Following the recent post I made about the potential stress of change, I found myself in discussion with a colleague (one who seems to always casually and inadvertently hit me with a bit of wisdom) about this issue in-between a series of fairly perfunctory meetings we were joint chairing. He mentioned the extract below - well, he mentioned it as something he had a faint memory of, and from there, we raced each other to search it up on the internet!
"The Station by Robert J. Hastings
The station is an illusion - it constantly outdistances us
Tucked away in our subconscious minds is an idyllic vision in which we see ourselves on a long journey that spans an entire continent. We're traveling by train and, from the windows, we drink in the passing scenes of cars on nearby highways, of children waving at crossings, of cattle grazing in distant pastures, of smoke pouring from power plants, of row upon row upon row of cotton and corn and wheat, of flatlands and valleys, of city skylines and village halls.
But uppermost in our conscious minds is our final destination--for at a certain hour and on a given day, our train will finally pull into the station with bells ringing, flags waving, and bands playing. And once that day comes, so many wonderful dreams will come true. So restlessly, we pace the aisles and count the miles, peering ahead, waiting, waiting, waiting for the station.
"Yes, when we reach the station, that will be it!" we promise ourselves. "When we're eighteen. . . win that promotion. . . put the last kid through college. . . buy that 450SL Mercedes-Benz. . . have a nest egg for retirement!"
From that day on we will all live happily ever after. Sooner or later, however, we must realize there is no station in this life, no one earthly place to arrive at once and for all. The journey is the joy. The station is an illusion--it constantly outdistances us. Yesterday's a memory, tomorrow's a dream. Yesterday belongs to a history, tomorrow belongs to God. Yesterday's a fading sunset, tomorrow's a faint sunrise. Only today is there light enough to love and live.
So, gently close the door on yesterday and throw the key away. It isn't the burdens of today that drive men mad, but rather regret over yesterday and the fear of tomorrow. Regret and fear are twin thieves who would rob us of today.
"Relish the moment" is a good motto, especially when coupled with Psalm 118:24, "This is the day which the Lord hath made; we will rejoice and be glad in it."
So stop pacing the aisles and counting the miles. Instead, swim more rivers, climb more mountains, kiss more babies, count more stars. Laugh more and cry less. Go barefoot oftener. Eat more ice cream. Ride more merry-go-rounds. Watch more sunsets. Life must be lived as we go along. The station will come soon enough."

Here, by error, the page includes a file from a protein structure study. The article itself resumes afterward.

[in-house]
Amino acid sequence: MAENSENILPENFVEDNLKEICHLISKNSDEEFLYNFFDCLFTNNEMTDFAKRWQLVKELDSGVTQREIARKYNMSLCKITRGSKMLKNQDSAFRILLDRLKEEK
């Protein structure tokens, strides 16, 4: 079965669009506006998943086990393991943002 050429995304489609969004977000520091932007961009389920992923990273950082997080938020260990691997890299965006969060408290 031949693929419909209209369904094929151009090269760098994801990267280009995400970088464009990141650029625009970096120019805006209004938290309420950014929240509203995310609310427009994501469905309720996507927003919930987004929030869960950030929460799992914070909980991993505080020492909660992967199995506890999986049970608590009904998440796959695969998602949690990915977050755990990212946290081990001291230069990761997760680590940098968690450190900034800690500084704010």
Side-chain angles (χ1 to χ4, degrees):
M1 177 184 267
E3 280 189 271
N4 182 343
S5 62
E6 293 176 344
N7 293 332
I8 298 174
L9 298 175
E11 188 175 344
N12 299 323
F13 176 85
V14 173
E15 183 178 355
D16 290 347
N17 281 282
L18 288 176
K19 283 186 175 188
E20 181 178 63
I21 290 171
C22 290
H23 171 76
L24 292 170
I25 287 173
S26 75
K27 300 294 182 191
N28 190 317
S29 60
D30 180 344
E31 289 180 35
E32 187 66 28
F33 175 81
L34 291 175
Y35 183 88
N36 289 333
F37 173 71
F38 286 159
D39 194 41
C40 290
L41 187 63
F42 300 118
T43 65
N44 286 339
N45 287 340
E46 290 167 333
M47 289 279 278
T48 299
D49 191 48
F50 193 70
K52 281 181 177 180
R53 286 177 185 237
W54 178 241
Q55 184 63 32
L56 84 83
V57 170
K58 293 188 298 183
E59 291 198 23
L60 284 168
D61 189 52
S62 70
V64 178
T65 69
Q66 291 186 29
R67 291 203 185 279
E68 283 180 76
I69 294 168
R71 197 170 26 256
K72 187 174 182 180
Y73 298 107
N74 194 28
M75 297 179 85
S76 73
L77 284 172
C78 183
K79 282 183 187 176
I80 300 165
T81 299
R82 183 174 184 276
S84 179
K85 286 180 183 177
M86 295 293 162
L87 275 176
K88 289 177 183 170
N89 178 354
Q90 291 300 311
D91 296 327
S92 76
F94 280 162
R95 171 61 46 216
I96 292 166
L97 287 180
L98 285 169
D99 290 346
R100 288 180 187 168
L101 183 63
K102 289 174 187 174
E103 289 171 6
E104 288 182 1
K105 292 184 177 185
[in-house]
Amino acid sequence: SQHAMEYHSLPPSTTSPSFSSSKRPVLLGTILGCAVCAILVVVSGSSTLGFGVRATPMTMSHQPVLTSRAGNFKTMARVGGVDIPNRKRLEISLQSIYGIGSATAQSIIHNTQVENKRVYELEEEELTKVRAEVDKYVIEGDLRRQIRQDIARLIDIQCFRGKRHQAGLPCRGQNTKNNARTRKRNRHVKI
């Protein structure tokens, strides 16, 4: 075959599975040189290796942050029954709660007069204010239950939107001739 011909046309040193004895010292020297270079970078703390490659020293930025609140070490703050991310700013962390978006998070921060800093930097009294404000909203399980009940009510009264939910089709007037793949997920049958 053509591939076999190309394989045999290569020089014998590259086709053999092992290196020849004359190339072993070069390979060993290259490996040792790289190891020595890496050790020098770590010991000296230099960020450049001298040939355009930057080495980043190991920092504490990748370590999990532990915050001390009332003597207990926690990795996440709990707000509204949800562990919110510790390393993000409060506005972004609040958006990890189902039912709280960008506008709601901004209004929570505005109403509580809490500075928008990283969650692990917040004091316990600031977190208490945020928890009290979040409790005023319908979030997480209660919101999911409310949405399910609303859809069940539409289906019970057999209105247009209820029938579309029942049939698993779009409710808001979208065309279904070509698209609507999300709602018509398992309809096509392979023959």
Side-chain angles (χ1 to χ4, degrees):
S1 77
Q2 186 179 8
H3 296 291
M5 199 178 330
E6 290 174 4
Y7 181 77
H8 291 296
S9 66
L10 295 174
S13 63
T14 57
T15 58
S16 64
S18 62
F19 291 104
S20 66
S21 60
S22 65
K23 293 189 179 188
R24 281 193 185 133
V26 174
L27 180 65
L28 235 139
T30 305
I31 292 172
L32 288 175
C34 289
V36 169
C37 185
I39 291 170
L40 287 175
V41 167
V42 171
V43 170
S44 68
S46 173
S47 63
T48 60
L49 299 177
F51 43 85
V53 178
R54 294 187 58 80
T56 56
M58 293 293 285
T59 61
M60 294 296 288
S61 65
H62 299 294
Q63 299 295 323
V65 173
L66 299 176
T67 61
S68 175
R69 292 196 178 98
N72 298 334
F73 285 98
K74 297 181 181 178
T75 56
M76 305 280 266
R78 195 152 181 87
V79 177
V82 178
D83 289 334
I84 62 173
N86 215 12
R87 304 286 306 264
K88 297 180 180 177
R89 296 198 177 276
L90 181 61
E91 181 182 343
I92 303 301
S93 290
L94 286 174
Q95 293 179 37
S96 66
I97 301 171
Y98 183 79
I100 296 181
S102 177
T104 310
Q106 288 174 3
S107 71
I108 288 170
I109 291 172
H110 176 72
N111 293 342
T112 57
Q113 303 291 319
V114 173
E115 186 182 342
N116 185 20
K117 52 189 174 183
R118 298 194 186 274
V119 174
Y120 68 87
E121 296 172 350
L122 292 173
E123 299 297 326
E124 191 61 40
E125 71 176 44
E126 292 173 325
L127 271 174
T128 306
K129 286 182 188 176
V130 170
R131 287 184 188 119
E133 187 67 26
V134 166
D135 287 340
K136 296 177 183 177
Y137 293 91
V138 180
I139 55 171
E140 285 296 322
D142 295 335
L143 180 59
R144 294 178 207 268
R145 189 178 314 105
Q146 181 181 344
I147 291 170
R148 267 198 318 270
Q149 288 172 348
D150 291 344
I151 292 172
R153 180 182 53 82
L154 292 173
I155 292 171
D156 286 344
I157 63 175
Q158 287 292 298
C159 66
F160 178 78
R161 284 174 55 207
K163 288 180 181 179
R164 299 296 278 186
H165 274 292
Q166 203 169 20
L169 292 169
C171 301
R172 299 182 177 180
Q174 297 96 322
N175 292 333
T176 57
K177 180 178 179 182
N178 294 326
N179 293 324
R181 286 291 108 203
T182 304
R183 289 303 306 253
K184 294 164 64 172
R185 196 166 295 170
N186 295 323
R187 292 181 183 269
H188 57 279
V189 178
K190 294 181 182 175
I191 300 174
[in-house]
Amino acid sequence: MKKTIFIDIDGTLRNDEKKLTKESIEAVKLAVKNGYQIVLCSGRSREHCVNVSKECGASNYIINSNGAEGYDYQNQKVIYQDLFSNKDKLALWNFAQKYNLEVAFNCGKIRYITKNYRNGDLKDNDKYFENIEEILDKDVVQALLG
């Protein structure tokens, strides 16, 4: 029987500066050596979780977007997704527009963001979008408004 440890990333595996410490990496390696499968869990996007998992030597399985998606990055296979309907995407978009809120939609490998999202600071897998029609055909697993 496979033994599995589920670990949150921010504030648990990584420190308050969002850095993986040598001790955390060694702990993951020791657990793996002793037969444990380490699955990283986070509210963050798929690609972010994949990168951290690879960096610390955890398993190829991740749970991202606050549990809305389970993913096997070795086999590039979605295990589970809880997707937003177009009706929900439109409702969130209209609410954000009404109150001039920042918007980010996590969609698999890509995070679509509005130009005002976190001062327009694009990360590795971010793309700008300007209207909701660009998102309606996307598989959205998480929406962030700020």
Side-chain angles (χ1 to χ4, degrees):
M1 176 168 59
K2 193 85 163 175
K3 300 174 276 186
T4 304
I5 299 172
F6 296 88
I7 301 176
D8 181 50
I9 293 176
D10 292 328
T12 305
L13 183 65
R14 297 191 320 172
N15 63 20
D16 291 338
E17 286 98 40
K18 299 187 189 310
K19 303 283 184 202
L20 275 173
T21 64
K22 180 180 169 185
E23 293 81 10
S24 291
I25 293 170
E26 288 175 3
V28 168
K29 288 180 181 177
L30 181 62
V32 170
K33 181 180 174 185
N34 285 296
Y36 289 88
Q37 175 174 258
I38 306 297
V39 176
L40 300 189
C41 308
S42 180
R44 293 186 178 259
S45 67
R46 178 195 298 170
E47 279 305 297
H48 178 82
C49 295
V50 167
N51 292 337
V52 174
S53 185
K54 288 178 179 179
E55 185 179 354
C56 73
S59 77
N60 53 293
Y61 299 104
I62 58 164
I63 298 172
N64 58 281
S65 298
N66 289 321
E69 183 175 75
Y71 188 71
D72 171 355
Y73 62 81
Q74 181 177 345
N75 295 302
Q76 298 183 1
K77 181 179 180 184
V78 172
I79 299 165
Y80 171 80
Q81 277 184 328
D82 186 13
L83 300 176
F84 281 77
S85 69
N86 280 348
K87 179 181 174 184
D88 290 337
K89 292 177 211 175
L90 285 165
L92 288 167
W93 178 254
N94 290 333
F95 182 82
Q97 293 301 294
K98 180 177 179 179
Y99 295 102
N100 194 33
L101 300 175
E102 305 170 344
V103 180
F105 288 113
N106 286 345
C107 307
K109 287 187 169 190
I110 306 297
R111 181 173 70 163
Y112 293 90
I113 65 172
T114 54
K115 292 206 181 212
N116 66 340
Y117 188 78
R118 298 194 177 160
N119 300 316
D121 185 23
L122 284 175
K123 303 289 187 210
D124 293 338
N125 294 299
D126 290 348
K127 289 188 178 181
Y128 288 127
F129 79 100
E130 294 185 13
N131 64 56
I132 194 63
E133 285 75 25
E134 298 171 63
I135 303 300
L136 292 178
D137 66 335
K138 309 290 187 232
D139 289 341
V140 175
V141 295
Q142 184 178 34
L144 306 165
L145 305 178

I think, on reflection, our belief in a perfect final destination emerges from our traditional Judeao-Christian culture - the longstanding vision of heaven as an afterlife, the premise of a final day of judgement. We, growing up in this culture, naturally tend to take a wholly linear view of time. Whether we believe in a heavenly afterlife or not (as it happens, I do not), we are indoctrinated into the idea of journeying - and struggling - from one fixed point to another fixed point. In our increasingly hypo-capitalist culture, as Robert J. Hastings perhaps alludes to, this spiritual journey has seemingly become fused with primarily materialistic milestones. We become fixed on getting to each milestone, on the idea that we must grab each opportunity on our fixed route or it will be forever left behind, on the belief that if we do X and Y in Z amount of time we will reach our utopia and be forever happy.
Again, I find my dipping-of-toes into Eastern philosophy helps challenge this. In Eastern cultures, particularly those finding root in Buddhism and Hinduism, time is at least in part cyclical.
From here, we can reflect that we are perhaps each locked in a spiral of opportunities for creation & fruition and unavoidable points of destruction, at a universal level, communal level and deeply personal level. We can approach opportunities for change more reasonably, feeling fairly confident they probably won't be the last and similar ones will come again, whilst also being realistic enough to know that even the greatest fruit any opportunity might bare is bound for destruction. We must, as much as we can, simply appreciate and enjoy being part of this process.